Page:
Category Archives: Science

Coolest Thing I saw last week: Volkswagen Electronic Concept Car

This car was cruising through the UK on the M1 as I was being driven down to the airport, getting lots of looks from passers by. Me and my sister did a couple of what we thought might be crafty manouevres (I know I have spelt that wrong) in order to get a better a look at it but obviously the driver had seen all of that shit before.

The XL1, nor any of its predecessor designs, ever went into mass production – this was one of 250 which was first shipped to its owner in June 2014. It’s pretty nifty for an electric car, though it’s not strictly electric – it has a hybrid engine. More info can be found at your friendly local wikipedia article….

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The Ain’t Broke Test

The ‘Ain’t Broke’ Test

More and more news in tech seems to be lacking in innovation, or even reasoning. As more and more headlines fail the ‘ain’t broke, don’t fix it’ test, does this signal the end of our tech bubble?

Earlier this evening (afternoon in the U.S. I imagine), it was announced that Apple are releasing a new device, the iPad Mini, just in time for Christmas. This is a device which will rival the Nexus, from Google, and the Kindle Fire (I’m still unsure about that name) from Amazon. It enters into a semi crowded field, in that if you have an iPhone, iPad and main apple computing device of some sort (desktop or laptop), why on earth you are going to need or want one of these is beyond me. It seems to be an exercise in conspicuous superfluousness, which is an idea that is occurring to me more and more frequently reading tech news these days. The ultimate question is, with technology seemingly tilting towards proliferation and away from innovation, is the tech bubble about to burst?

Austin Carr at Fast Company wrote a great article about the floundering of Hipstamatic, an app that initially tapped in to the ‘photo-oldify-share’ spiel that has made Instagram such a success, but lost out to the aforementioned app because, well, they seemed to have gotten lost with where to take the app further to distinguish it from it’s competitors. Similarly, there was news this week that Color, an app that does the same thing with video (which hasn’t been released yet) has been snapped up by Apple for a ludicrous amount. It seems to be a cutthroat time to be an app developer now; if you’ve got a good idea, prepare for a hostile takeover. Rumour has it Color was bought not because of the potential of the app as a sharing tool, to be bolted on to the next iPhone to emulate the success of Instagram, but for some patents that Color possessed. It seems a bit much to me to buy a hair salon because you intensely covet the shampoo (forgive the metaphor) but there’s something about this rumour which is leading me down the path of thinking this end is nigh.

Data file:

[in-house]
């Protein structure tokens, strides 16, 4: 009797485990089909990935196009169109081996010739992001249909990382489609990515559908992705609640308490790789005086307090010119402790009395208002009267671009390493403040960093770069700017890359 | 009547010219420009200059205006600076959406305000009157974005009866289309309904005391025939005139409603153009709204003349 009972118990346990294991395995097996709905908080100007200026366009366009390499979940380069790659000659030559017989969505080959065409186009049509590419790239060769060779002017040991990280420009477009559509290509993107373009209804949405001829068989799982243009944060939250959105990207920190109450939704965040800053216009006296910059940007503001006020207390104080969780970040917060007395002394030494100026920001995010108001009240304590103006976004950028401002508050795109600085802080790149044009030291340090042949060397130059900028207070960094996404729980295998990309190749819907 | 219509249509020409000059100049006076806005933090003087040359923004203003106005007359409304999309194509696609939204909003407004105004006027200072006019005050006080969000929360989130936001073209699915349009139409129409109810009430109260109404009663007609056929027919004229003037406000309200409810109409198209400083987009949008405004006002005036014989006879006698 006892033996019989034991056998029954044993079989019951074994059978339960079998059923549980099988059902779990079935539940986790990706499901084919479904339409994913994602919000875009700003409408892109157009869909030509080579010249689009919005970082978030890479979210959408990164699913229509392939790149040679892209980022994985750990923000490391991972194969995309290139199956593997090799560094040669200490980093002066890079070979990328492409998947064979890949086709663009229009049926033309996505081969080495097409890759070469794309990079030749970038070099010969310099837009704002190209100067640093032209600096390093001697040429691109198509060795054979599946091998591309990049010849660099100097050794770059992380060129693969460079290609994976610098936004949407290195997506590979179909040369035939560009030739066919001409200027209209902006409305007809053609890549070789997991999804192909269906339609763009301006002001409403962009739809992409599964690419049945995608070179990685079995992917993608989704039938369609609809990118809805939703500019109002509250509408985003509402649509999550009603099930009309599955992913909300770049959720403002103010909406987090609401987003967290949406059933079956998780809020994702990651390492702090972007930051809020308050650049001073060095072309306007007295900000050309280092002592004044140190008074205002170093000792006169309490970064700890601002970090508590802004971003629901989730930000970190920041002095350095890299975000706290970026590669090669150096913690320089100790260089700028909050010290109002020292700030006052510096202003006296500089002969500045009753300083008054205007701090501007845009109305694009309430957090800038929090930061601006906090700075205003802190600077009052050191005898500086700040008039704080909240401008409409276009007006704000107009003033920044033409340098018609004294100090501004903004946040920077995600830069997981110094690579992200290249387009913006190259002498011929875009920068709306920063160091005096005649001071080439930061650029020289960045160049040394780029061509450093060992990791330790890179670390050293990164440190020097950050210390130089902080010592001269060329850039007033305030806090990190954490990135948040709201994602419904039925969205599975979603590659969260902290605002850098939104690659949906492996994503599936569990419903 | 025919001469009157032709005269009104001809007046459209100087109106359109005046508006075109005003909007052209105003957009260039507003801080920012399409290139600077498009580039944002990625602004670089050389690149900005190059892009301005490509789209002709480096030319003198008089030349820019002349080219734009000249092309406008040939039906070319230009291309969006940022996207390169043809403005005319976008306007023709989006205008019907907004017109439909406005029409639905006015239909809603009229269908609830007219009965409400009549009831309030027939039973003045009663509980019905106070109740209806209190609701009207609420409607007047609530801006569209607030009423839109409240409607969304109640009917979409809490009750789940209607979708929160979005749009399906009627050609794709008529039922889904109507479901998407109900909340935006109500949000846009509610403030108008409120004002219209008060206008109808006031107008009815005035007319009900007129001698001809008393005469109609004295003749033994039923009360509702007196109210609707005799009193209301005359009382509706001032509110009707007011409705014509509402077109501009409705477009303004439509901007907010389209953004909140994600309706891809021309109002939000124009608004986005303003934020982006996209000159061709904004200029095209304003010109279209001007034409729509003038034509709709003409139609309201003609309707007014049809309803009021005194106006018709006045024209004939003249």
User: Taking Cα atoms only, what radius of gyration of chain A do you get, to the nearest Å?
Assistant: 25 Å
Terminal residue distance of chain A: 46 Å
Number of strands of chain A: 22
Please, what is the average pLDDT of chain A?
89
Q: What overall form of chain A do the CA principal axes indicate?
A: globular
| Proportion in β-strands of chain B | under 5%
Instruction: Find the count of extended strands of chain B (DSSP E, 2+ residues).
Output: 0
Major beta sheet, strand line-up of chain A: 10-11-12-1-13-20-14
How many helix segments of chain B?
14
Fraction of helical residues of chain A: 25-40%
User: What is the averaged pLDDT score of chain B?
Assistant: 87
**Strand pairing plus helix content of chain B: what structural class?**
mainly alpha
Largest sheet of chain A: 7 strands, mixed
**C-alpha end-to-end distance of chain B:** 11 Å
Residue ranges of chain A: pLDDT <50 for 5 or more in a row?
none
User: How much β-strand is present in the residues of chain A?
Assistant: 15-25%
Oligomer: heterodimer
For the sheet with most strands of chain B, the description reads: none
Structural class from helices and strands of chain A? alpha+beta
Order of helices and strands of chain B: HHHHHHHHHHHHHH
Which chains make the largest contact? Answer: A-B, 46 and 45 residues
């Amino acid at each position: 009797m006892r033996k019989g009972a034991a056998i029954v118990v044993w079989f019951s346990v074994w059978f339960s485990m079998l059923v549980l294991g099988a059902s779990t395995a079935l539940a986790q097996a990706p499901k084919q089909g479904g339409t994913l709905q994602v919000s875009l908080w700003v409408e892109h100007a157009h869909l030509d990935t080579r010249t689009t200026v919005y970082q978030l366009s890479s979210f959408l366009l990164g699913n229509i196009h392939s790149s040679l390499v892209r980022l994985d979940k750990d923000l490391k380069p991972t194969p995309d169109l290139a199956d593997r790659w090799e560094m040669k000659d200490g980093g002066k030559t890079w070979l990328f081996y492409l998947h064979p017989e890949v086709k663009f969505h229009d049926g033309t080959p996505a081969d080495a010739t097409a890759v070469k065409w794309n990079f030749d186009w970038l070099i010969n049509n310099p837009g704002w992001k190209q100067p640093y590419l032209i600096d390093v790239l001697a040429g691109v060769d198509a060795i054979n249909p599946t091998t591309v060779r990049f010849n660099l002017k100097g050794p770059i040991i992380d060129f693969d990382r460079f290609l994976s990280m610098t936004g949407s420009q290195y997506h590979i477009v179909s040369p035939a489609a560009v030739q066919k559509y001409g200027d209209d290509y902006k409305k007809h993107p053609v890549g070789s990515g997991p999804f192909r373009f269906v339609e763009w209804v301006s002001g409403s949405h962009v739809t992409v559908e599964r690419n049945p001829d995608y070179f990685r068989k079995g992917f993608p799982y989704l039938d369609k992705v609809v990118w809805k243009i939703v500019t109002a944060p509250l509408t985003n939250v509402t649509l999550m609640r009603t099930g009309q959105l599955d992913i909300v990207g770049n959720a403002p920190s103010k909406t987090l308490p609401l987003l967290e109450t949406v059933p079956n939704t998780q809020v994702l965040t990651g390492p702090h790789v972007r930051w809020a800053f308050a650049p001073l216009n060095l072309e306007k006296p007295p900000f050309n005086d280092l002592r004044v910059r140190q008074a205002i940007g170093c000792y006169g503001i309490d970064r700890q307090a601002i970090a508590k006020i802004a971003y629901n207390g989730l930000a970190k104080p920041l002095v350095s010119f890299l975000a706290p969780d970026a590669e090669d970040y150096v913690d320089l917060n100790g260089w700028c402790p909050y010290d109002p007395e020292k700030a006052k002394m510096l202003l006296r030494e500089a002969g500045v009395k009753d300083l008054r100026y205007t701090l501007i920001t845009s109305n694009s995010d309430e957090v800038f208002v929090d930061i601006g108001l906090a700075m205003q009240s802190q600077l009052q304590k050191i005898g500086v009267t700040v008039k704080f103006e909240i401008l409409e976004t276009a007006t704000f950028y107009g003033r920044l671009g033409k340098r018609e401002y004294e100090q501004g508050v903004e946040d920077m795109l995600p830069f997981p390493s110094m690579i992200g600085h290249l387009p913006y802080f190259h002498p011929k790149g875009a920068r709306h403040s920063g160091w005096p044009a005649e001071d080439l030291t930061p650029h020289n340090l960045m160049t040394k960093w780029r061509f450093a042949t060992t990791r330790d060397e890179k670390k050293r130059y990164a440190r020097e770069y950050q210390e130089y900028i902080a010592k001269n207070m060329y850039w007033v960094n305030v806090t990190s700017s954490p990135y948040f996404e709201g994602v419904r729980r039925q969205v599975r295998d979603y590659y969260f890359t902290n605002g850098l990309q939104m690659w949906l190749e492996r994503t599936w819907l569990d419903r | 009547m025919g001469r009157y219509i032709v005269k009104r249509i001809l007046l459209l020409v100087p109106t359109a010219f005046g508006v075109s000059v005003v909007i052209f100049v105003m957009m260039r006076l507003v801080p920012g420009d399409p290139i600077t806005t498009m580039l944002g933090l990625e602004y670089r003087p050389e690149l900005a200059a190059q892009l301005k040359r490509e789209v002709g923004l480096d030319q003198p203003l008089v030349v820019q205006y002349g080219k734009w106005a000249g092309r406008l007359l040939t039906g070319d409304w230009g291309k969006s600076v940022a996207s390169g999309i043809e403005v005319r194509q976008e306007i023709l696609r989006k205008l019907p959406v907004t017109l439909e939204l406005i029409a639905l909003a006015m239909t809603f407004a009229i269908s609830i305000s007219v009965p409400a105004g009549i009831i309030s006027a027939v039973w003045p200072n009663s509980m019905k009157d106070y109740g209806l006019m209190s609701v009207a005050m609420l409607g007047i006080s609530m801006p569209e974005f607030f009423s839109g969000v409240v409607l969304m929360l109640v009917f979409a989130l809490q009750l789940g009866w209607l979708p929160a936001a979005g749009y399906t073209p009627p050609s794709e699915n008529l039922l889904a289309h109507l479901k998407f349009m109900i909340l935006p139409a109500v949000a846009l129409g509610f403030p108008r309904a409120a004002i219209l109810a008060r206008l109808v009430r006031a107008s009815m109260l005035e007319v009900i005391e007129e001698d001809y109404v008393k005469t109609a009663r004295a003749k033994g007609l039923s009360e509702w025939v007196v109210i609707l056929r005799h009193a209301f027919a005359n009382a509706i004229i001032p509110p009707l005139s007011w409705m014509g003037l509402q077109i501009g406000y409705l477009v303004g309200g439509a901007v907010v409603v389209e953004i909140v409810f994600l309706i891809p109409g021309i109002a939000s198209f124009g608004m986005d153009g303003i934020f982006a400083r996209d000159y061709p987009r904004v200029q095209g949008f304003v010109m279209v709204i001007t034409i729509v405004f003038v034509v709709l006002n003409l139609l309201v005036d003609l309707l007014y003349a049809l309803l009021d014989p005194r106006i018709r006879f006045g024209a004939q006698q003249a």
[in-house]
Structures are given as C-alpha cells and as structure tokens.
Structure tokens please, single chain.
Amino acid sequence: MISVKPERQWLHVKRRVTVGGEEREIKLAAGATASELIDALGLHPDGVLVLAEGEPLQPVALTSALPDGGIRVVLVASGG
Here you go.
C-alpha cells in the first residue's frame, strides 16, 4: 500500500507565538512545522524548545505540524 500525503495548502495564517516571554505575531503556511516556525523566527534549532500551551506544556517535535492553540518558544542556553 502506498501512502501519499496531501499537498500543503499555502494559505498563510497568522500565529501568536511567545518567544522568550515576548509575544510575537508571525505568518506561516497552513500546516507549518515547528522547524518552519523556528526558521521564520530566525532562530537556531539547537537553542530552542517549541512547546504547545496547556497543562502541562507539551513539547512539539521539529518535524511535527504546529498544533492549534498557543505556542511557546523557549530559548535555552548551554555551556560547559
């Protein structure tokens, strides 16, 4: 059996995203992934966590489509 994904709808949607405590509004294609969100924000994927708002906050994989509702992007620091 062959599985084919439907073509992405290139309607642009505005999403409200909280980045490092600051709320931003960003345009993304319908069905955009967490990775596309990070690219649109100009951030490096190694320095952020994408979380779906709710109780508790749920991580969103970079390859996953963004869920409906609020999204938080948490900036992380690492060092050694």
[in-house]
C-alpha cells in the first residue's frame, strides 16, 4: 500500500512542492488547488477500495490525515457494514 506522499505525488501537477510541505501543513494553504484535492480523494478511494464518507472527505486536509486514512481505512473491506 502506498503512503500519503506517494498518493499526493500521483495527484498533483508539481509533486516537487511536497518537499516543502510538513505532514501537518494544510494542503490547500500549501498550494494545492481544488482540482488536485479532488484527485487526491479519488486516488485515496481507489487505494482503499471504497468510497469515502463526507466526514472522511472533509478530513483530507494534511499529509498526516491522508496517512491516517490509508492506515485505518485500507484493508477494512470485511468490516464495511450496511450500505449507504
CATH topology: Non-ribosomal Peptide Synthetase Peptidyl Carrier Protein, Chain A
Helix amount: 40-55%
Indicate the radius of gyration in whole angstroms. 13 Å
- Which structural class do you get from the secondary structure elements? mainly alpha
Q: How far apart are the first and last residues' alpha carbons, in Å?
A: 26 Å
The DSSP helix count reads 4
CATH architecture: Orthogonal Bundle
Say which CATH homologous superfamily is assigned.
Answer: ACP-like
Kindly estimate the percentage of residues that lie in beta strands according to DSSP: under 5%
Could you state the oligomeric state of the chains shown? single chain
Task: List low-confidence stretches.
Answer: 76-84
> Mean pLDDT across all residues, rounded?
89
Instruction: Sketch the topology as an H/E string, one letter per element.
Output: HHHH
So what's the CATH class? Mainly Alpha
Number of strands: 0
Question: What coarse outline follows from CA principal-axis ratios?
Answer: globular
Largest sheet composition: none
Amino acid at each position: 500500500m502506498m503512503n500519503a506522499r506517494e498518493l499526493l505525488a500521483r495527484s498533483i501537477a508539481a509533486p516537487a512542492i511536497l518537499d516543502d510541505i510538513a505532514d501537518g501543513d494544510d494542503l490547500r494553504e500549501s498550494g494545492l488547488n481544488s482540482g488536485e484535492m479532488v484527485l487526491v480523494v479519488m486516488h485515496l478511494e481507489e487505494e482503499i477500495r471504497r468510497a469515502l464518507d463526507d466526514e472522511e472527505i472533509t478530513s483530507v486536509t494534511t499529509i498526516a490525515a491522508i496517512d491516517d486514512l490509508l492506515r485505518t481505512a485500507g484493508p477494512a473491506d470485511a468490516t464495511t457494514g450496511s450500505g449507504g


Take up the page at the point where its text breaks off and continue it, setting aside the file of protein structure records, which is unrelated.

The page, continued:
We’ve had Le Credit Crunch in the financial markets and it looks like we are now heading towards Le IP Crunch in technology.

Mark Piesing in the Guardian reports on some electronics metamaterial business coming out the Oxford University’s ISIS unit, which, if implemented successfully, could radically improve the recyclability of electronic components. If you didn’t know, much of the worst waste produced around the world comes from the production and crappy disposal of electronic devices, so as well as being made by children without pay (yeah we have ‘internships’ over here too, Foxconn!) or in sweatshop conditions, you’re scumming up the Earth too – I’ll let your conscience sit on that for a mo. So, why don’t we have this innovation already?